Why Weight Lifting Should Be A Part Of Your Weekly Routine

Recommend this page to Google

No matter how old you are, weight lifting should be a large part of your exercise program, according to the American College of Sports. A simple strength training program is easy to fit into your weekly schedule, and can help you stay thin while reducing the risk of bone loss later in life.

Building muscles by lifting weights does more than make you look and feel better. Stronger muscles mean you’ll have more energy. Plus, your body burns more calories even at rest when your muscles are stronger. The changes in your metabolism may allow you to lose weight even without making any changes to your diet.

Weight training has also been shown to increase your bone density more than other fitness activities. Since many women (and some men) are at risk of osteoporosis, it is important to build strong bones when you’re younger, but age shouldn’t stop you from starting an exercise program. Studies have shown that older women may actually reverse bone loss by lifting light weights.

Most fitness experts suggest you vary your routines so each muscle group will have an opportunity to rest between exercise sessions. Your muscles actually grow during this time of rest, so varying the routine will give you the best opportunity for success with your program. A good schedule has you lifting weights for upper body and chest muscles on day one, aerobics on day two, weightlifting for leg muscles on day three, aerobics on day four, back and shoulder muscles on day five, aerobics on day six, and complete rest on day seven. This allows most of your muscles to rest one complete week before their next workout.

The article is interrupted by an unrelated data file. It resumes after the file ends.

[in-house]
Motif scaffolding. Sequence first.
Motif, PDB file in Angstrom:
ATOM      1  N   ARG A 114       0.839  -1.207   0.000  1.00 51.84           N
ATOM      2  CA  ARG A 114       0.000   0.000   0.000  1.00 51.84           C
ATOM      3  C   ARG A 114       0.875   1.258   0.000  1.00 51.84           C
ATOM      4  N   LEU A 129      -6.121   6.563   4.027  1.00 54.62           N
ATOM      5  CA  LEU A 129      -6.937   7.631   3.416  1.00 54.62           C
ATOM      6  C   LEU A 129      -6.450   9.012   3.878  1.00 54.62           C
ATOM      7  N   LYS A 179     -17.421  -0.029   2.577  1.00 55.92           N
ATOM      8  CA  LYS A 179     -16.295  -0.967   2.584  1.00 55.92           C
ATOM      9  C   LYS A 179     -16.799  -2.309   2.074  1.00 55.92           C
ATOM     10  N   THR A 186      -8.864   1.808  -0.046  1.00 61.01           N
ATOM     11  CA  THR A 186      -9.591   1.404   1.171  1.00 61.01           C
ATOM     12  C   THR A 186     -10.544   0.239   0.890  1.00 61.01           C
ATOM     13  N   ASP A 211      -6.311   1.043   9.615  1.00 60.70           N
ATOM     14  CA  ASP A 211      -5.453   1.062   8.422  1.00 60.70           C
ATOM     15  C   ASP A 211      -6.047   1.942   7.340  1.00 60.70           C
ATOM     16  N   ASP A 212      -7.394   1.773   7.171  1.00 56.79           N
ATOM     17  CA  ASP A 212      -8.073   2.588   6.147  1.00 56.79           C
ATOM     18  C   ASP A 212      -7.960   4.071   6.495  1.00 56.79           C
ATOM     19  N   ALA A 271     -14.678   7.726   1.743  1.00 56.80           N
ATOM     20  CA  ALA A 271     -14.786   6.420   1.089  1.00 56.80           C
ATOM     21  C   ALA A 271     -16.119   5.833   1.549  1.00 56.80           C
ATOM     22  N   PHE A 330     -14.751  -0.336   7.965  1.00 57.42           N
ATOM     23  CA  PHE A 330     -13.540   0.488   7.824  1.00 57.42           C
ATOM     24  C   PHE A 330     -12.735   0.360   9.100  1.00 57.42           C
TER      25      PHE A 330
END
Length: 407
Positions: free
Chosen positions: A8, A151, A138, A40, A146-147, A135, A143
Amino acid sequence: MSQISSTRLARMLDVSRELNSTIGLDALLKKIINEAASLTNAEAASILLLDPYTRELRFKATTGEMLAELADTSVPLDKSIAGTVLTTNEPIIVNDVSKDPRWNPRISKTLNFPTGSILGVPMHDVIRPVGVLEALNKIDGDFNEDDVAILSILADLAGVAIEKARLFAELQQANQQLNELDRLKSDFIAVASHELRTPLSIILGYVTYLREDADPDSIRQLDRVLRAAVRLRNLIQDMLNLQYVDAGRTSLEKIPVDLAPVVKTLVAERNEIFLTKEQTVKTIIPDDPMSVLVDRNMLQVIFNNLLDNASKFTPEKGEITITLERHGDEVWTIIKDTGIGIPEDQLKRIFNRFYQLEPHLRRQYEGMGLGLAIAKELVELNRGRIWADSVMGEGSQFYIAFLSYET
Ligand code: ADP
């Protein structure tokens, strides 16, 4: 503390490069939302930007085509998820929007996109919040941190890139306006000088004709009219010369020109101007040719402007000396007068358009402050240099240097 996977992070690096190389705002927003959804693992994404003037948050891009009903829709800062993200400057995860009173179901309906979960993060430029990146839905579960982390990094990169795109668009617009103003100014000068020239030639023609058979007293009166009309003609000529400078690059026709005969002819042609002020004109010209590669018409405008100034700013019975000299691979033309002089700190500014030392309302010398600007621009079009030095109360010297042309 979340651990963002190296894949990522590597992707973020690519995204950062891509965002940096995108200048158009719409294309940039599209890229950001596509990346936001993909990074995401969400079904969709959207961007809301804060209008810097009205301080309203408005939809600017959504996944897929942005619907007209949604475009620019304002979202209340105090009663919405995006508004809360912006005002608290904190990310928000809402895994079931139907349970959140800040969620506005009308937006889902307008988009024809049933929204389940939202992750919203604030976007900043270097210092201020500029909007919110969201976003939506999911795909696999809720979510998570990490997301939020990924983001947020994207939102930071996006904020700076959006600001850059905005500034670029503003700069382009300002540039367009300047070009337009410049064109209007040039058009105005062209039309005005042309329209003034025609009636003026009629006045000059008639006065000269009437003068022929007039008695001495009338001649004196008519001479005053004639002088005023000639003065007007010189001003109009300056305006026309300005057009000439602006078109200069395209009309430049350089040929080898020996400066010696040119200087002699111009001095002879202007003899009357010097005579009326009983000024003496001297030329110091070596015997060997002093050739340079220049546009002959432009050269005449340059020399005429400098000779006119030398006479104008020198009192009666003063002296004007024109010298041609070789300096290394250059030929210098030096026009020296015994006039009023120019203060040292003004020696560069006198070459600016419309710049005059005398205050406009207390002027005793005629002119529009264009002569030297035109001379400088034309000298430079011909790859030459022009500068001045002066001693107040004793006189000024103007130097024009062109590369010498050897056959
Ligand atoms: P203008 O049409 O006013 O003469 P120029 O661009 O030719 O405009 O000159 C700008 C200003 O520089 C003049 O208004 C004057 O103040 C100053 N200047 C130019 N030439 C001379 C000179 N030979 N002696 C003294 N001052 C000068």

Since lifting dumbbells will not give your abdominal muscles a good workout, you’ll want to add stomach crunches to your routine, either on aerobic days or before your strength building exercises.

You’ll also need to remember to stretch, both before and after each of your weight-lifting workouts. You should stretch at the end of a weight-lifting workout because it helps elongate and relax your muscles.

Warm-up exercises after your stretches will also help you get the most from your routine. If you exercise at home, you can warm up by walking or riding a bicycle. If you work out at a gym then just use a stationary bike or walk on the treadmill for 5 - 10 minutes.

If this all sounds daunting because you haven’t been getting much exercise lately, you may need some help to get motivated. Find someone to lift weights with, so you can give each other encouragement. If all your friends are too busy or lazy to join in, put on some upbeat, enjoyable music.

It also helps to stick with an exercise program if you pay attention to your body as you move around.

-Do you notice that lifting the dog food bag is much harder than it used to be?
-Do you get winded easily walking upstairs?
-Do other people your same age seem to have more energy and vitality than you do?

If so, talk to your doctor about your concerns. If you get a clean bill of health, you’ll know the cure for your lack of fitness and energy is simple – put yourself on a regular schedule of exercise that includes easy aerobic exercise and a simple weight lifting routine. You’ll soon see improvement in the way you look and feel, and that will help you look forward to your daily exercise.

About the Author:

Jonni Good is the co-author of "Weight Lifting for Absolute Beginners," the eBook that helps you get started with an easy weight lifting program at home using inexpensive weight lifting equipment. Find more about the benefits of weight lifting at http://www.weight-lifting-exercise.com

No votes yet